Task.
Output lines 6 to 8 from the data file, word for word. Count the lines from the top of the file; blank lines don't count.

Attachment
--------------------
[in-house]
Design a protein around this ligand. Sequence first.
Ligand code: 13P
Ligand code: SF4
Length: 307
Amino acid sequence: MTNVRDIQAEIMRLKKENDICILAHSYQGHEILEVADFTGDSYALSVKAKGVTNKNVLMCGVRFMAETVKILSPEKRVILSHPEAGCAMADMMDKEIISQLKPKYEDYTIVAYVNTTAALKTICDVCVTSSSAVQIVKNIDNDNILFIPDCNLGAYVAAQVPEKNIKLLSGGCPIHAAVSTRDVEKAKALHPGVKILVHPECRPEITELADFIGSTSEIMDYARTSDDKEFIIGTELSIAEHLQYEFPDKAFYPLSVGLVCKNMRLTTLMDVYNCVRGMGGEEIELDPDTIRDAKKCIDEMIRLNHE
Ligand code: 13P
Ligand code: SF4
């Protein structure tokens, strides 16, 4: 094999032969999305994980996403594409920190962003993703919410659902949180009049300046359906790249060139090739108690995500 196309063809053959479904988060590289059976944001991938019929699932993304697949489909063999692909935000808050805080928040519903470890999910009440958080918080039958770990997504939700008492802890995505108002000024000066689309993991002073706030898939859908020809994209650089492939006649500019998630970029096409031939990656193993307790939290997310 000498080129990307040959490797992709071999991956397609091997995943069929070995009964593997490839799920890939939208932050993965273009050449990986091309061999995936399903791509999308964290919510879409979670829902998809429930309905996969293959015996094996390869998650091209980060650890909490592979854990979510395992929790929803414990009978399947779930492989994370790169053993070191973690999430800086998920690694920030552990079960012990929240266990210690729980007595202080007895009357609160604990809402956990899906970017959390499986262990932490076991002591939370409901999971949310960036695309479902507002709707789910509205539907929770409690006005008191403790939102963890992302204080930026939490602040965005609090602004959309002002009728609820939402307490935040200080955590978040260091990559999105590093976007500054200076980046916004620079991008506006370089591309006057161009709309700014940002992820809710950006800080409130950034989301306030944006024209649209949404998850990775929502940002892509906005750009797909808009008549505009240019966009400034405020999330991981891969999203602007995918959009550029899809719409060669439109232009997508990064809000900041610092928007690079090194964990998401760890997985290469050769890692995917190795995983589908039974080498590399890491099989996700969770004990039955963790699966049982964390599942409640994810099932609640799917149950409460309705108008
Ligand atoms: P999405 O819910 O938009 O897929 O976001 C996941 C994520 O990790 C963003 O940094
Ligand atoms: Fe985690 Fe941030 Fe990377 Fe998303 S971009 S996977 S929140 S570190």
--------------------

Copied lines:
Amino acid sequence: MTNVRDIQAEIMRLKKENDICILAHSYQGHEILEVADFTGDSYALSVKAKGVTNKNVLMCGVRFMAETVKILSPEKRVILSHPEAGCAMADMMDKEIISQLKPKYEDYTIVAYVNTTAALKTICDVCVTSSSAVQIVKNIDNDNILFIPDCNLGAYVAAQVPEKNIKLLSGGCPIHAAVSTRDVEKAKALHPGVKILVHPECRPEITELADFIGSTSEIMDYARTSDDKEFIIGTELSIAEHLQYEFPDKAFYPLSVGLVCKNMRLTTLMDVYNCVRGMGGEEIELDPDTIRDAKKCIDEMIRLNHE
Ligand code: 13P
Ligand code: SF4